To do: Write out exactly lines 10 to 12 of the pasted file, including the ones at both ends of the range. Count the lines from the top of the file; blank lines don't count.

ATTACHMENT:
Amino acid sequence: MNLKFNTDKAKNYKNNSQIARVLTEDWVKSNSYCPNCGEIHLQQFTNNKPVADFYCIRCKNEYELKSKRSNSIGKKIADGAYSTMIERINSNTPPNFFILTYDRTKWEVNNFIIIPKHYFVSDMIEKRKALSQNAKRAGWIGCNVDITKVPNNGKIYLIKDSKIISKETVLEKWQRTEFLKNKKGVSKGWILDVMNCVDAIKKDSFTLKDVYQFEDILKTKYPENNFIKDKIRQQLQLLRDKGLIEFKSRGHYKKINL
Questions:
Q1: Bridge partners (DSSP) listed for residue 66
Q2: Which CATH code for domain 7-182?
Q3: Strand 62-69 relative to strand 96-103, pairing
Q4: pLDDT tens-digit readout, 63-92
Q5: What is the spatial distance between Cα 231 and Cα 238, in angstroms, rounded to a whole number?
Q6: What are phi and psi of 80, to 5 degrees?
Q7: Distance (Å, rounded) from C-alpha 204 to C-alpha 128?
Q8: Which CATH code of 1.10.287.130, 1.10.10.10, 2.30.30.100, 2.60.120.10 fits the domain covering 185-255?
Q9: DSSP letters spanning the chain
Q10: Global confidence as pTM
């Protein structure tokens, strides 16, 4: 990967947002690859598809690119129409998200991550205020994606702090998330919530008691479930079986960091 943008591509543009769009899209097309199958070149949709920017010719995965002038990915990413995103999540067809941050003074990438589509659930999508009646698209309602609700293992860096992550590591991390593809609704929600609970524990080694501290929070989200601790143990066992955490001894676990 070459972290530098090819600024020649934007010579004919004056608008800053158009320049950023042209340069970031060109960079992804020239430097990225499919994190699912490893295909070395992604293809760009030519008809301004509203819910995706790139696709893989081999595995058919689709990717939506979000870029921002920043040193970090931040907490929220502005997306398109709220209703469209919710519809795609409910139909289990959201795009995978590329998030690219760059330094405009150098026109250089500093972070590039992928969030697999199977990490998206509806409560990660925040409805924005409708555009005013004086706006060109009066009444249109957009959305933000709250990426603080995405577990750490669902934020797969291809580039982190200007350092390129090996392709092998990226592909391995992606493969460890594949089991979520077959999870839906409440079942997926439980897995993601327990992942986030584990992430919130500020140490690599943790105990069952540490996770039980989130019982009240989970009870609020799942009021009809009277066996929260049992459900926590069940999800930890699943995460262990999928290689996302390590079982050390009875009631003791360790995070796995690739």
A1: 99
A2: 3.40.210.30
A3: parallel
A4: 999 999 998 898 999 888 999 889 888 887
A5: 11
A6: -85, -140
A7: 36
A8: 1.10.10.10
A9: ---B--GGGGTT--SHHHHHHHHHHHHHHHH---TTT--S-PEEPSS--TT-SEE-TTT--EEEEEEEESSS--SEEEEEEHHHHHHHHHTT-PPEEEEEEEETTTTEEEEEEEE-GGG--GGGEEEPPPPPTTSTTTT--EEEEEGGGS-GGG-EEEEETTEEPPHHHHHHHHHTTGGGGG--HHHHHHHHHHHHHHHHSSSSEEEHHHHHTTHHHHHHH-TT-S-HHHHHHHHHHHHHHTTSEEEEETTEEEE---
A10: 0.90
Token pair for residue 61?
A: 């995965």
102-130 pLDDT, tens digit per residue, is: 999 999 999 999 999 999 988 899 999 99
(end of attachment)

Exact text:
Q8: Which CATH code of 1.10.287.130, 1.10.10.10, 2.30.30.100, 2.60.120.10 fits the domain covering 185-255?
Q9: DSSP letters spanning the chain
Q10: Global confidence as pTM